This brings up my second criticism with regards to the interest income channel. Lowering rates in general in the first instance merely shifts interest income from 'savers' to borrowers. And with the federal government a net payer of interest to the economy, lowering rates reduces interest income for the economy.

The only way a rate cut could add to aggregate demand would be if, in aggregate, the propensities to consume of borrowers was higher than savers. But fed studies have shown the propensities are about the same, and, again, so does the actual empirical evidence of the last several years.

And further detail on this interest income channel shows that while income for savers dropped by nearly the full amount of the rate cuts, costs for borrowers haven't fallen that much, with the difference going to net interest margins of lenders.

And with lenders having a near zero propensity to consume from interest income, versus savers who have a much higher propensity to consume, this particular aspect of the institutional structure has caused rate reductions to be a contractionary and deflationary bias.

The Fed should know this. There is a very high quality research paper by DC Fed officer Seth Carpenter spelling outmuch of this in detail for the FOMC, as well as research papers from the NY Fed on the same subject.

There is no question in my mind that the Fed has ample evidence to question their presumption that given today's institutional structure lowering rates and quantitative easing may have been counter productive and made things worse as per the interest income channels.

Yet they continue to unconditionally voice the opinion that they have been 'easing' with those 'accommodative' policies, to the point of promising more of same as additional tools to support aggregate demand.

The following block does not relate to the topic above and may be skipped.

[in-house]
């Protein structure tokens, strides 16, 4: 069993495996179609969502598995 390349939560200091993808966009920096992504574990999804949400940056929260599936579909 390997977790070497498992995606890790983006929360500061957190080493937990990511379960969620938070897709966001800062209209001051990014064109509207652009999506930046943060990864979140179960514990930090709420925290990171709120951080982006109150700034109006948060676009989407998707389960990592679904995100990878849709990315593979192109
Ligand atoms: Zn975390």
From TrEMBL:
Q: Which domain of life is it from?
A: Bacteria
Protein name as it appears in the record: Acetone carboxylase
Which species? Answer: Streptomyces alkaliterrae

(((To find out more about Mosler’s background, click here))): http://moslereconomics.com/about/



Read the Rules
[-] 1 points by MonetizingDiscontent (1257) 6 years ago

::::::: If We Break Up the Giants, Smaller Banks Will Thrive & Loan More to Main Street :::::::

Banks receiving government aid cut loans


Banks that received federal assistance during the financial crisis reduced lending more aggressively and gave bigger pay raises to employees than institutions that didn’t get aid, a USA TODAY/American University review found.

:::::::::::: Hard Evidence: Bailed-Out Banks Take More Risk ::::::::::::


Politicians, Treasury Secretaries, etc. would have you believe that “moral hazard” is something we should only worry about in the abstract, in the future, when they’ve moved on to another job. But now a study confirms with hard facts: moral hazard–it lives.

Researchers have asked for some time whether and how bailouts might affect banks’ risk-taking. Would they run wild, aware of the high likelihood of being bailed out again if they ran into trouble? Or would they ease off precisely because they’d now be assured of lower financing costs and long-term survival, and therefore would want to avoid doing anything that might cause regulators to take that valuable banking license away? More daring or more discipline?

Each of these camps had its underpinnings yet the question was a difficult one to study. Why? Because, generally speaking, the developed Western countries didn’t really do bank bail-outs. [Insert smirk here.]

But then came 2008 and its bailout-palooza. And so, thanks to hundreds of billions of taxpayer dollars (((And Trillions in Undisclosed give-aways))) and an alphabet-soup of bank welfare programs, this question can now benefit from the availability of real-life, empirical data. (cloud, silver lining and all that.)

(((Continue Reading The Rest Here))): http://financeaddict.com/2011/11/hard-evidence-bailed-out-banks-take-more-risk/

::: Bill Black Discusses Insolvent Banks, Bailouts, Secret Giveaways, Covering up the Losses :::

(((Video))): http://www.pbs.org/moyers/journal/04032009/watch.html

:::::::::: Government Bailout To See $23 Billion Loss This Year: CBO ::::::::::



:::::::::: CBO: Taxes Will ‘Shoot Up by More Than 30 Percent’ Over Next 2 Years ::::::::::


-January 31, 2012-